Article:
Neary, a naturopathic physician and chairman of the physical medicine department at Bastyr University in Kenmore wants dietary supplements come as prescriptions.
"People need someone qualified to help them manage what supplements they take," Neary said.//
The management has become even more complex in recent weeks as new research casts doubts on supplements such as calcium for bone health, saw palmetto to prevent prostate cancer and glucosamine to alleviate arthritis pain.
Some nutritionists have embraced the supplement adviser role, which seems logical enough. As it turns out, naturopathic physicians, or N.D.s. like Neary are indeed qualified to guide patients on the use of dietary supplements. There is a formidable body of research produced in England, Italy, and especially Germany evaluates all sorts of dietary supplements.
"I don't know if it's our American ego but almost literally when most mainstream professionals (meaning most M.D.s and medical researchers) see "herbs" and "European" they assume the study doesn't hold water," said Neary.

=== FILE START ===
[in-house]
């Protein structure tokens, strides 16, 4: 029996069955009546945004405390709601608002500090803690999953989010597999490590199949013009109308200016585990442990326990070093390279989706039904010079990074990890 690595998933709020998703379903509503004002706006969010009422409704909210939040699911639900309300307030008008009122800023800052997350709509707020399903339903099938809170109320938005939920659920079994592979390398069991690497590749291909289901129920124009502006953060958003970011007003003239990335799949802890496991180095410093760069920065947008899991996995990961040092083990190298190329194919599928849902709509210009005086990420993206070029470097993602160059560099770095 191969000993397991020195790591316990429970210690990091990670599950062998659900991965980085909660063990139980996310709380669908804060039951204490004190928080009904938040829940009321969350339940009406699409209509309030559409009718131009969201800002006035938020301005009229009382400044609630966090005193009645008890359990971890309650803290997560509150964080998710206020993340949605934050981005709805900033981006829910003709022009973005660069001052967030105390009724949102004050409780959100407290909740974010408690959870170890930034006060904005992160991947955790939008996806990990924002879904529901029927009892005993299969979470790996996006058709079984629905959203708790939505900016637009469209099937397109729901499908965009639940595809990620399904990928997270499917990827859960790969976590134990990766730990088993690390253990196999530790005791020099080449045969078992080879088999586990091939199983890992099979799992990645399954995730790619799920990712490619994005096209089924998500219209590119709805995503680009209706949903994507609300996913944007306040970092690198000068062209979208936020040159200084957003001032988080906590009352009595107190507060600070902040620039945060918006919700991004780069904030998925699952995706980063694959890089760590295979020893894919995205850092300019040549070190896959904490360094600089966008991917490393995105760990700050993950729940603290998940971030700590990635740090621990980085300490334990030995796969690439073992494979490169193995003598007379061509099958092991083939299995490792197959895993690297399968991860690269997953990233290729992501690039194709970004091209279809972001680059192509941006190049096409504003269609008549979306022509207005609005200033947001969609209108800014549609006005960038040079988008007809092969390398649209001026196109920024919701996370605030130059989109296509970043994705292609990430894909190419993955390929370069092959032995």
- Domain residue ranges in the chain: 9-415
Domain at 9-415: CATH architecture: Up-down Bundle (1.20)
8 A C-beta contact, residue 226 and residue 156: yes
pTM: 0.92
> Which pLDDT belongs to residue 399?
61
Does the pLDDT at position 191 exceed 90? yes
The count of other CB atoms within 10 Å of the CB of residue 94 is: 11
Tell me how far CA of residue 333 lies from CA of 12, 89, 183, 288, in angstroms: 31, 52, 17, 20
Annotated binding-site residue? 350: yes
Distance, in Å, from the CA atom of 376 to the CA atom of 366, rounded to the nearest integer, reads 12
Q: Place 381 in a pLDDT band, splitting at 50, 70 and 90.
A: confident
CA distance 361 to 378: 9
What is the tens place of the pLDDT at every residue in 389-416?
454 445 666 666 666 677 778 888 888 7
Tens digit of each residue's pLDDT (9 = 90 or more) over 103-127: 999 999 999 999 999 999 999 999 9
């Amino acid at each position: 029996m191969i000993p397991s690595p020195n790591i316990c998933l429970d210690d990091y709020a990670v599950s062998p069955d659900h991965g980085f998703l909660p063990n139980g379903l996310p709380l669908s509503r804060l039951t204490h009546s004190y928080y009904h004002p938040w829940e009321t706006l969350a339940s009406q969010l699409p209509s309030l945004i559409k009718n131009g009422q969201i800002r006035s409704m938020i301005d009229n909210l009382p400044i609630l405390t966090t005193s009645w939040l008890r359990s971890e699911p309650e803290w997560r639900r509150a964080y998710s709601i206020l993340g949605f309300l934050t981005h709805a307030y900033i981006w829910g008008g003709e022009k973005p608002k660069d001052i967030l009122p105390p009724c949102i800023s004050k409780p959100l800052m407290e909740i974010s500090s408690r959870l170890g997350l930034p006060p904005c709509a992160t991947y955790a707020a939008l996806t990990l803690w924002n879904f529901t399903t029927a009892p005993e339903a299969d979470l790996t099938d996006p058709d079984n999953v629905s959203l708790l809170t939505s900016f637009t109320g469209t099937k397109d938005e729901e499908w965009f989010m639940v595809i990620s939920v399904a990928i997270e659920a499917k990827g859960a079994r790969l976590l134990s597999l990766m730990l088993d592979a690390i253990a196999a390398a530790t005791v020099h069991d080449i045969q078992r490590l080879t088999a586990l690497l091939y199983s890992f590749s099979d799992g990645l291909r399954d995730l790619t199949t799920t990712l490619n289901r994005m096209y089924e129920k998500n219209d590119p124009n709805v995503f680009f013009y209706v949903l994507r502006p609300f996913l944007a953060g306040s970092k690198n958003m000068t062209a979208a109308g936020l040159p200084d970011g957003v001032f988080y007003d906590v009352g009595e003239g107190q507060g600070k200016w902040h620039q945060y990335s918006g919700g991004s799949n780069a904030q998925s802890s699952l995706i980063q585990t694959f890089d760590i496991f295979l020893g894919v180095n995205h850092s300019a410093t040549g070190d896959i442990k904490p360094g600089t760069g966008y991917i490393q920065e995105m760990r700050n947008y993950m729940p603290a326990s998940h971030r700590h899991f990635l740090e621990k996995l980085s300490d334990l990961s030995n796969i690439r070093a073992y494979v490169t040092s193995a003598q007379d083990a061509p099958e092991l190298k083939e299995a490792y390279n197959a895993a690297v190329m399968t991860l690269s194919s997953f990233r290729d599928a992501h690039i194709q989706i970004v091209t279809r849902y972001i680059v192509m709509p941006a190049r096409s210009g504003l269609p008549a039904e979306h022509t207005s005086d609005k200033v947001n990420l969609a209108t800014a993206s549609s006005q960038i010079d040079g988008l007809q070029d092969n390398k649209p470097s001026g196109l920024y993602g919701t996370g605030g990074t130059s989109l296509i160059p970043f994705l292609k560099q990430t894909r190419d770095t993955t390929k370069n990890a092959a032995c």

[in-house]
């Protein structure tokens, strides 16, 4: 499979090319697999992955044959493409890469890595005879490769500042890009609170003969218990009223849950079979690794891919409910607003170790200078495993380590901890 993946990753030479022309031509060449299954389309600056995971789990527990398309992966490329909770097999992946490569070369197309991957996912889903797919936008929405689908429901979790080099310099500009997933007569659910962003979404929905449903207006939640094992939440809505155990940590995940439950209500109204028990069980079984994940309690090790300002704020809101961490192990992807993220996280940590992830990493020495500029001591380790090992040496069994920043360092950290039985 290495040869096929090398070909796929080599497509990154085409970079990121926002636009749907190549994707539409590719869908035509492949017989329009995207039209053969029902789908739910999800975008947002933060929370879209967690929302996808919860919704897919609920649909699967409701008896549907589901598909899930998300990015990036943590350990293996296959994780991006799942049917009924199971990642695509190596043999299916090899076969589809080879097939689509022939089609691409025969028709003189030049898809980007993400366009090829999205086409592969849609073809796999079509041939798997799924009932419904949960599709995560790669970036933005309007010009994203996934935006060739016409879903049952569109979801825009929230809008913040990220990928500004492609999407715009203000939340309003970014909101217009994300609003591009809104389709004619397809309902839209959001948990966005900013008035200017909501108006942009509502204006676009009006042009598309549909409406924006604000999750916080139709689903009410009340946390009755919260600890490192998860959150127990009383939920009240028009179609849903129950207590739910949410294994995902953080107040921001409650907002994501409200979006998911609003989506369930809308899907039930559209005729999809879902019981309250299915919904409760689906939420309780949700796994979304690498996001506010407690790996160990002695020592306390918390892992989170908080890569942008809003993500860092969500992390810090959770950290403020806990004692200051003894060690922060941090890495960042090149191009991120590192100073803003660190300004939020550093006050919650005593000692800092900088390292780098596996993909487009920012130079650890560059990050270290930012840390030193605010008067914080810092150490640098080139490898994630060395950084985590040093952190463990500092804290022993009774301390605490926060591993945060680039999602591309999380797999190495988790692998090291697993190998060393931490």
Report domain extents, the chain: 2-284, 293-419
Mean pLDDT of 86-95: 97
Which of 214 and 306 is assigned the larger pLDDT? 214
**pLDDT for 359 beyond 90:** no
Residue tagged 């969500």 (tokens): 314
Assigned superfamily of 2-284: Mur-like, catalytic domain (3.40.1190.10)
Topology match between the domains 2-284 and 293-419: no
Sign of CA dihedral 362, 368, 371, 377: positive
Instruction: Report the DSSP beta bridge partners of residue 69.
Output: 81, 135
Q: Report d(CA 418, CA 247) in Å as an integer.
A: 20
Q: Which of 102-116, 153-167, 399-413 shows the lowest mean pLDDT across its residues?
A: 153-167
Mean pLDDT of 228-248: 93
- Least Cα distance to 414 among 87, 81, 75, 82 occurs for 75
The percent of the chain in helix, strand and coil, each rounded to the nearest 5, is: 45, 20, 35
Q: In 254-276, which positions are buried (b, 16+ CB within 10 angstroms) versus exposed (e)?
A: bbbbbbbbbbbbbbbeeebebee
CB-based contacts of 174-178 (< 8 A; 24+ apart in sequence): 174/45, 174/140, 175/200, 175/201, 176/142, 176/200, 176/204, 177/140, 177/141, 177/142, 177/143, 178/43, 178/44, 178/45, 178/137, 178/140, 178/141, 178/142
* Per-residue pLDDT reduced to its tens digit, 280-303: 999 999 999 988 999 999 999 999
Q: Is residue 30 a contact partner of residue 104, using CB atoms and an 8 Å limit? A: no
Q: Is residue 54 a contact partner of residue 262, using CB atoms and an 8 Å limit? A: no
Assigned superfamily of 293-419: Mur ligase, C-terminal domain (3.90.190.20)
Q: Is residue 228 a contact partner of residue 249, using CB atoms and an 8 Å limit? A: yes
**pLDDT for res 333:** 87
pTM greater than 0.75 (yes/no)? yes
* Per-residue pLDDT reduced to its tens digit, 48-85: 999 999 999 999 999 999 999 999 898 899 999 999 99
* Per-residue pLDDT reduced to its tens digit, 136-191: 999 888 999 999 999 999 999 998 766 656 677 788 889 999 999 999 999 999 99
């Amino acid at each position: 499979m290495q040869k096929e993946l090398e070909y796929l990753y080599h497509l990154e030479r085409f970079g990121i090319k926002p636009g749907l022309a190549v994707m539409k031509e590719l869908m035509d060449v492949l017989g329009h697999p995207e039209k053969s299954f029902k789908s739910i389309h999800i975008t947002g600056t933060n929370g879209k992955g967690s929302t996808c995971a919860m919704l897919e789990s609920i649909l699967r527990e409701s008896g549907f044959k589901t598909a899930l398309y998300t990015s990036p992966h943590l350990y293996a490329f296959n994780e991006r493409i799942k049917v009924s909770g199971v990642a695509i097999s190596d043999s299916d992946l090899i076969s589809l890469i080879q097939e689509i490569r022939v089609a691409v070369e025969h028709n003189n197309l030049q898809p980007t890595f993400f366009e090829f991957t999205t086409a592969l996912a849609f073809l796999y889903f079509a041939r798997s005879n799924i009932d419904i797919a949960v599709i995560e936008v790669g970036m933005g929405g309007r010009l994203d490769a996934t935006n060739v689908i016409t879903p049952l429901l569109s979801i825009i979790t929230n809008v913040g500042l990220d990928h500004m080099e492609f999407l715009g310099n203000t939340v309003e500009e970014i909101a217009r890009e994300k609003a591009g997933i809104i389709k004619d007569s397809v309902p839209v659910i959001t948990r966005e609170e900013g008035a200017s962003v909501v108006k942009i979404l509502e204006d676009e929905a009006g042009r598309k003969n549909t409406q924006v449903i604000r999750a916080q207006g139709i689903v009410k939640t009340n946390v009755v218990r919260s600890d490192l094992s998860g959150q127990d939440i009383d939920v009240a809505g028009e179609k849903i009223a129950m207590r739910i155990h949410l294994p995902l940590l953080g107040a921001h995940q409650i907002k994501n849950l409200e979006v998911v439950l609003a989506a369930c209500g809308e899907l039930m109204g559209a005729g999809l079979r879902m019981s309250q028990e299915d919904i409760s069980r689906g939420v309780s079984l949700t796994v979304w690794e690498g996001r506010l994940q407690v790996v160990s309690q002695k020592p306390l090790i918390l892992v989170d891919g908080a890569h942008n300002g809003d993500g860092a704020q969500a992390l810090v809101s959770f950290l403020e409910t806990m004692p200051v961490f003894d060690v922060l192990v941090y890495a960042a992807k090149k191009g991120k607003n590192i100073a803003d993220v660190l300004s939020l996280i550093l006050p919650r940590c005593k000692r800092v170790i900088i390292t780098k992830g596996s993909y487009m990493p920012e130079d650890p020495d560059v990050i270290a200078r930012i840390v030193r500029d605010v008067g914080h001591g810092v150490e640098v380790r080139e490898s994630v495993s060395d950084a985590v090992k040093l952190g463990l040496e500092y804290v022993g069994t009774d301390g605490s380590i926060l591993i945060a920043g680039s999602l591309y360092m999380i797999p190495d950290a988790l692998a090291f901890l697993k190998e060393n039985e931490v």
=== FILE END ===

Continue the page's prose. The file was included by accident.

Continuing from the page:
Neary said he has patients who see results in "four, six, eight weeks" and he is always happy to hear the success stories. One of his concerns is that some early results -- good news, no matter how you attribute it -- can be chalked up to placebo effect. He sees six months as proving the overall results (or lack of benefits).
"My question is, what is placebo?" said Neary. "We hear the word and think it means 'fake.' Well, the placebo effect works. The more I think about supplements, the more I think it is in part about me supporting the patient."
In the case of glucosamine, it translates to patients relying on instinct rather than a doctor's view that the New England Journal of Medicine study proves no value.
Many glucosamine consumers are more than willing to spend the $25 to $30 per month to maintain an improved quality of life. In the past tPage: 1 2 Related medicine news :1
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